Concealed Carry after a Washington DUI

If you are convicted of driving under the influence (DUI), you may be asking if a DUI will affect a concealed weapon permit. The collateral consequences of a DUI conviction in Seattle can be widespread and may even limit a Constitutional Right you thought you would have forever. More specifically, a felony DUI or a DUI conviction that involved a firearm can lead to the loss of your right to possess any firearm, let alone your right to carry a concealed gun.

To learn more about your Concealed Carry Permit after a DUI, contact our Seattle DUI defense lawyers at Emerald City Law Group right away. We will explain how your rights may be limited after a misdemeanor or felony DUI conviction. We may also be able to help you restore your firearm rights after a felony conviction. Call 206-973-0407 or contact us online to schedule a free initial consultation.

Washington State Concealed Carry Laws

Under the Revised Code of Washington (RCW) 46.61.502, you can be arrested and found guilty of driving under the influence of alcohol, marijuana, or any drug if you drive a vehicle within the state:

  • While under the influence of or affected by intoxicating liquor, marijuana, or any drug,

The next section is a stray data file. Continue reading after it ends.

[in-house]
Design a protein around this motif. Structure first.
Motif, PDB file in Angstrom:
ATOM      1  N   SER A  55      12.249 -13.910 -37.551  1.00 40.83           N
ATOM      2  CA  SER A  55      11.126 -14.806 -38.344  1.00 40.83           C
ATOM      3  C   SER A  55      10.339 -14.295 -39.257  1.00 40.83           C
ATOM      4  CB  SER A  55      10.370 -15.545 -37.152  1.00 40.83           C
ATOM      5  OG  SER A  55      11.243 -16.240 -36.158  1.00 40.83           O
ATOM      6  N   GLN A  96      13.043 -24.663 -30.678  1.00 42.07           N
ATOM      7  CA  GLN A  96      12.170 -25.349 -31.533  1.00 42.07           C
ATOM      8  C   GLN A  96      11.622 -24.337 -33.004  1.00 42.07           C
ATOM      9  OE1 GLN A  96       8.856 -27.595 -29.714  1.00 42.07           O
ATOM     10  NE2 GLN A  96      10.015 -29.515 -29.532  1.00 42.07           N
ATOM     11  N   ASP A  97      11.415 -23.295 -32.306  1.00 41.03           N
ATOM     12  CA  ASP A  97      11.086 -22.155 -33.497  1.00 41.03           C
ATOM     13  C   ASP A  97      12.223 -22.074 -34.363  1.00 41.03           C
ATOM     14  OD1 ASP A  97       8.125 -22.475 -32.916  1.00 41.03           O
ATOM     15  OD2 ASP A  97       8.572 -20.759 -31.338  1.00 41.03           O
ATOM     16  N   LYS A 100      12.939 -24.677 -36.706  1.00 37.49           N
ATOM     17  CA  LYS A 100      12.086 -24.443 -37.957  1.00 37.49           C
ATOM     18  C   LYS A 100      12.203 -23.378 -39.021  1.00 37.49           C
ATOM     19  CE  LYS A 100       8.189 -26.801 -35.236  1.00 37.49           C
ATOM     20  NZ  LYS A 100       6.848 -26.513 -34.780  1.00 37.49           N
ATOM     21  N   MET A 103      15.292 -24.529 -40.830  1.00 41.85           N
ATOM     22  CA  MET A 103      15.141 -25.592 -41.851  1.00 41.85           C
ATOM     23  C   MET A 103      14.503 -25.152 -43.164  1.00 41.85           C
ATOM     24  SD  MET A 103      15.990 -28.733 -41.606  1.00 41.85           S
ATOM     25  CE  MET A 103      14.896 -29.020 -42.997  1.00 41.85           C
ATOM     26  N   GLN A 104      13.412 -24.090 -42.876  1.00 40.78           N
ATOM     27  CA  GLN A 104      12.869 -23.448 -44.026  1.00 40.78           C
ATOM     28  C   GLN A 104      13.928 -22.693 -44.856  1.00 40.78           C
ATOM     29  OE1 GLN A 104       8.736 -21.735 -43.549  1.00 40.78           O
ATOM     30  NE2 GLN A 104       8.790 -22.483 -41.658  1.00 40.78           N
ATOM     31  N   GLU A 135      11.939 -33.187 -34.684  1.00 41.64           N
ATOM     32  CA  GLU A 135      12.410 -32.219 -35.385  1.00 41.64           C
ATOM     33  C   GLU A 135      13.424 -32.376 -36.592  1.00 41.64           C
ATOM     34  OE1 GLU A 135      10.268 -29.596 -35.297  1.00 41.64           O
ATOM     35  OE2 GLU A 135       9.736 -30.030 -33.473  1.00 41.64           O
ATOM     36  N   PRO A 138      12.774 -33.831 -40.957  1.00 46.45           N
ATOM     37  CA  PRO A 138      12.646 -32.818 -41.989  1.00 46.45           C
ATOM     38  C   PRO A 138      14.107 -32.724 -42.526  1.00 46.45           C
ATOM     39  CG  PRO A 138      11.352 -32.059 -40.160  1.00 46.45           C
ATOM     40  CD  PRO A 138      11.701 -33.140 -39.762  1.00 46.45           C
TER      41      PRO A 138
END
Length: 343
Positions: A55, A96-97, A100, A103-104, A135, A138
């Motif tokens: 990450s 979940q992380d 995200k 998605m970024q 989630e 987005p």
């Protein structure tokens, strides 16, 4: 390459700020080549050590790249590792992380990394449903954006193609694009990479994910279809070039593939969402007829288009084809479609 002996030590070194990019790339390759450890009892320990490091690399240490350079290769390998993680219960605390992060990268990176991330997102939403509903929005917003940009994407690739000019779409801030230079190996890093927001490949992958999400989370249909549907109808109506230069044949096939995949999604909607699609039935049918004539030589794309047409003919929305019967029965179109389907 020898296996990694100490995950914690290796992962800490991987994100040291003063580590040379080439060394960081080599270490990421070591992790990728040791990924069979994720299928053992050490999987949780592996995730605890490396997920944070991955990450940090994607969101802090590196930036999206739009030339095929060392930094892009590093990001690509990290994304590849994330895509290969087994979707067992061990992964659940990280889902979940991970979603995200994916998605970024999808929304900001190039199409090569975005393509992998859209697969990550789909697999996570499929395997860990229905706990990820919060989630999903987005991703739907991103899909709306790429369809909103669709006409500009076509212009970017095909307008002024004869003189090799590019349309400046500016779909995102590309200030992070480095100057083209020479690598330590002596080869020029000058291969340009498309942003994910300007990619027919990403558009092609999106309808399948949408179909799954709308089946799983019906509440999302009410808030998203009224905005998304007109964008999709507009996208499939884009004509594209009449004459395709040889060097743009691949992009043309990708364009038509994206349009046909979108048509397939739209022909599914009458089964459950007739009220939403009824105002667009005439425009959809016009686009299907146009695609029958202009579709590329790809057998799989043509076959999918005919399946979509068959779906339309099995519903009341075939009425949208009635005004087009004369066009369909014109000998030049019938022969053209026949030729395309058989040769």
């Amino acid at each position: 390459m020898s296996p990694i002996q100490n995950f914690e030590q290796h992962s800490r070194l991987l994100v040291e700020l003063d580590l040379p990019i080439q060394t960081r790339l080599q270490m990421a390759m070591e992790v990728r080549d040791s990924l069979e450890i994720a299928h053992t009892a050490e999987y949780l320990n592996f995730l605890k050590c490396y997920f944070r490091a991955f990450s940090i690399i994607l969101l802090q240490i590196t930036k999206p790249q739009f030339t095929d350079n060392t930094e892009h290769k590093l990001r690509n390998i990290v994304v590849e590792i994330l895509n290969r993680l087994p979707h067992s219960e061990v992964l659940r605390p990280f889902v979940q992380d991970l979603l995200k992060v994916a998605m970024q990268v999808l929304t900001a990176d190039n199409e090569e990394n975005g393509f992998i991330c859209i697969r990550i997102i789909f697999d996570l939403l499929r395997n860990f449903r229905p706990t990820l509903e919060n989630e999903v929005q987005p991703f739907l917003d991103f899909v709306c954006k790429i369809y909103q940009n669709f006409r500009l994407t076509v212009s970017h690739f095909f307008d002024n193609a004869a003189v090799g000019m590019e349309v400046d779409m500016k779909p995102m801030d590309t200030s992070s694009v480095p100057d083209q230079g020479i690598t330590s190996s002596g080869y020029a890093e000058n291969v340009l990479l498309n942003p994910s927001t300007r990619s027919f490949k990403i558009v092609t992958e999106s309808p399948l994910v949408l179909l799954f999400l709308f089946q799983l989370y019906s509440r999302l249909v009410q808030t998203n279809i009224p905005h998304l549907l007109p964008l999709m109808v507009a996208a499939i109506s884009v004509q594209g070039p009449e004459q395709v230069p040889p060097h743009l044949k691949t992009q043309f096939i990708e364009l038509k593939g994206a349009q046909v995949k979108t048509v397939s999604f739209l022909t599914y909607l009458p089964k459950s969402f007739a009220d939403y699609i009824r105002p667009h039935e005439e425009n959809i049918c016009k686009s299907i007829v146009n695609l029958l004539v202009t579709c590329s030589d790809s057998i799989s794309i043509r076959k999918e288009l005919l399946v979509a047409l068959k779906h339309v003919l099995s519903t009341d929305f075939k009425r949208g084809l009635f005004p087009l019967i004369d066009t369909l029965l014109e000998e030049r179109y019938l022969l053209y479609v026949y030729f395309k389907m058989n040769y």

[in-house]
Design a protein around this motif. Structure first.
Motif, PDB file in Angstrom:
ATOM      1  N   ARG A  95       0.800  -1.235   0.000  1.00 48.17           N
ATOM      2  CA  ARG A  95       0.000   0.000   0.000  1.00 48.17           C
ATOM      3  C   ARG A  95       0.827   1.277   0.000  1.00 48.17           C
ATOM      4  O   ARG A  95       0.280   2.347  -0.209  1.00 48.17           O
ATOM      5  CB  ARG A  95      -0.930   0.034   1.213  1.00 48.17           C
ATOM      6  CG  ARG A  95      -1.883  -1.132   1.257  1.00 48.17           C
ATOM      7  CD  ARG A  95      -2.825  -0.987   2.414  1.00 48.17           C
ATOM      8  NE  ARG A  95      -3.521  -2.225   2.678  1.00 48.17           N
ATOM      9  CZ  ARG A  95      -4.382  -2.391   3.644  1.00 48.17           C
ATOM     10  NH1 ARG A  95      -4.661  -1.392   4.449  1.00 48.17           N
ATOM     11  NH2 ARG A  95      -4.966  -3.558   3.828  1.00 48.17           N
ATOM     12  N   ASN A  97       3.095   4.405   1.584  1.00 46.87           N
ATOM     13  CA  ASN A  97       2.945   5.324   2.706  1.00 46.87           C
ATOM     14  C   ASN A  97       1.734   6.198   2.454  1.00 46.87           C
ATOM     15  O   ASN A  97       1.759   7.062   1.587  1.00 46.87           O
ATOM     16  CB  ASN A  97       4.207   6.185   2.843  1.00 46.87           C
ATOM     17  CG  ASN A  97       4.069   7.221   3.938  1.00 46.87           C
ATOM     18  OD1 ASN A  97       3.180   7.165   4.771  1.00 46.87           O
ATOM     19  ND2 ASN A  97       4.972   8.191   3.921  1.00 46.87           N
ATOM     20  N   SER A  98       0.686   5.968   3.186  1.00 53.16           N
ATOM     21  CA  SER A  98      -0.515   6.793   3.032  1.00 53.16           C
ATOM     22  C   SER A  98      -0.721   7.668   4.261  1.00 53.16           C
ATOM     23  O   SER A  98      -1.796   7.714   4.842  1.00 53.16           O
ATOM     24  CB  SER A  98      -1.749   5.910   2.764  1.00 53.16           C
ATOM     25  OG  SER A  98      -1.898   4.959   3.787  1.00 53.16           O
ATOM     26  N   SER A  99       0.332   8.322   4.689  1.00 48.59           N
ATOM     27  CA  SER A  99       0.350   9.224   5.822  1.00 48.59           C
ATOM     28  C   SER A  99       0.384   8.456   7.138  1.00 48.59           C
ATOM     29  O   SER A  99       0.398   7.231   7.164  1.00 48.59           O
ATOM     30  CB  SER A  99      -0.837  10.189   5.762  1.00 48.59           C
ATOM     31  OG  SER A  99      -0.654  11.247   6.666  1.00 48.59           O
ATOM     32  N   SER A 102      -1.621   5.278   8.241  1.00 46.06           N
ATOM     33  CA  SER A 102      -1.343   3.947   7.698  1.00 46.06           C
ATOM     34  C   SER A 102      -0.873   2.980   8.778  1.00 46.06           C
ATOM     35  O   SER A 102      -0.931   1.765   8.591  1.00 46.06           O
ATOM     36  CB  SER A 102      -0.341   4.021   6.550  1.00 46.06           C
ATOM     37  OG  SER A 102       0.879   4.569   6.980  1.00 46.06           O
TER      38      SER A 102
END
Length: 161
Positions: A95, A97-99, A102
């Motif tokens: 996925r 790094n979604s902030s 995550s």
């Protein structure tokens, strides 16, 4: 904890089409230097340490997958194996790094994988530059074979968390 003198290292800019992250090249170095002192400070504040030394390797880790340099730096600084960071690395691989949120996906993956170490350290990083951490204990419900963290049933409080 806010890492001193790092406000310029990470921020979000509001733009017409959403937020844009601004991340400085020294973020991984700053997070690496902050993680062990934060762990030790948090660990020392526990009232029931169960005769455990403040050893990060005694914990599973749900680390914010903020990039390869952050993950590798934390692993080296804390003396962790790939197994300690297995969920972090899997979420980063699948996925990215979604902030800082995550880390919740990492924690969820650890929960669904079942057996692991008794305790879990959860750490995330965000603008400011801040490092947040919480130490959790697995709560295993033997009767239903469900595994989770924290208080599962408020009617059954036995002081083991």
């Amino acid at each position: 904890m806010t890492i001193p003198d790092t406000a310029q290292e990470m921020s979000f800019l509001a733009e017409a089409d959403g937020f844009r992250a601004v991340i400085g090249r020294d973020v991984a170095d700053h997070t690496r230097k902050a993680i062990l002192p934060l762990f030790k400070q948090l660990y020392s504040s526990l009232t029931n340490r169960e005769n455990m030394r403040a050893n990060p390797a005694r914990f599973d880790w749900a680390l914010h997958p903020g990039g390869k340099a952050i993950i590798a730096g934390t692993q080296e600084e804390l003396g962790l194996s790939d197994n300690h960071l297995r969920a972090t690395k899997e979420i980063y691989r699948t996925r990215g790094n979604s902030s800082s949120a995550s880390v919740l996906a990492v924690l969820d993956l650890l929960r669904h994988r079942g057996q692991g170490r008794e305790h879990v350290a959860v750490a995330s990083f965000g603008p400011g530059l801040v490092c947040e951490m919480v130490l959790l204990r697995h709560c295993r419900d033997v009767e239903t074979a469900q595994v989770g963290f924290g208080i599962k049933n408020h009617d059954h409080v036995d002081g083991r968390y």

• While under the combined influence or affected by intoxicating liquor, marijuana, or any drug,
  • You have a blood alcohol concentration (BAC) of .08 percent or more within two hours of driving, or
  • You have a tetrahydrocannabinol (THC) concentration of 5.0 or more within two hours of driving.

However, a DUI can be charged as a felony in Washington for various reasons, including if you had four or more DUI offenses within the previous 10 years or were previously convicted of vehicle assault or homicide. If you have one or more aggravating factors in your case, you DUI can move up from a gross misdemeanor to a class B felony.

You can also be arrested and found guilty of a crime without actually driving your vehicle. Based on RCW 46.61.504, if you are found to be in actual physical control of a vehicle within the state while under the influence of alcohol or drugs or over the legal limit for alcohol or marijuana, you can be found guilty of a gross misdemeanor. However, you can also be charged with a class C felony physical control of a vehicle if you were previously charged with a felony DUI or felony physical control offense.

Statutory Punishments for a DUI Conviction

If you are convicted of driving or being in actual physical control of a vehicle while intoxicated or impaired, you can expect certain statutory punishments. A first-time offense is typically a gross misdemeanor and punishable by:

  • Up to 364 days in jail, with a minimum of 24 hours in jail
  • 15 days of electronic home monitoring (EHM)
  • Up to a $5,000 fine
  • 90-day driver’s license suspension

If you are convicted of a class C felony, your statutory punishment depends on your criminal history. However, you face multiple years in prison and tens of thousands dollars in fines. You will also have a longer driver’s license suspension and additional collateral consequences.

Consequences of a DUI Conviction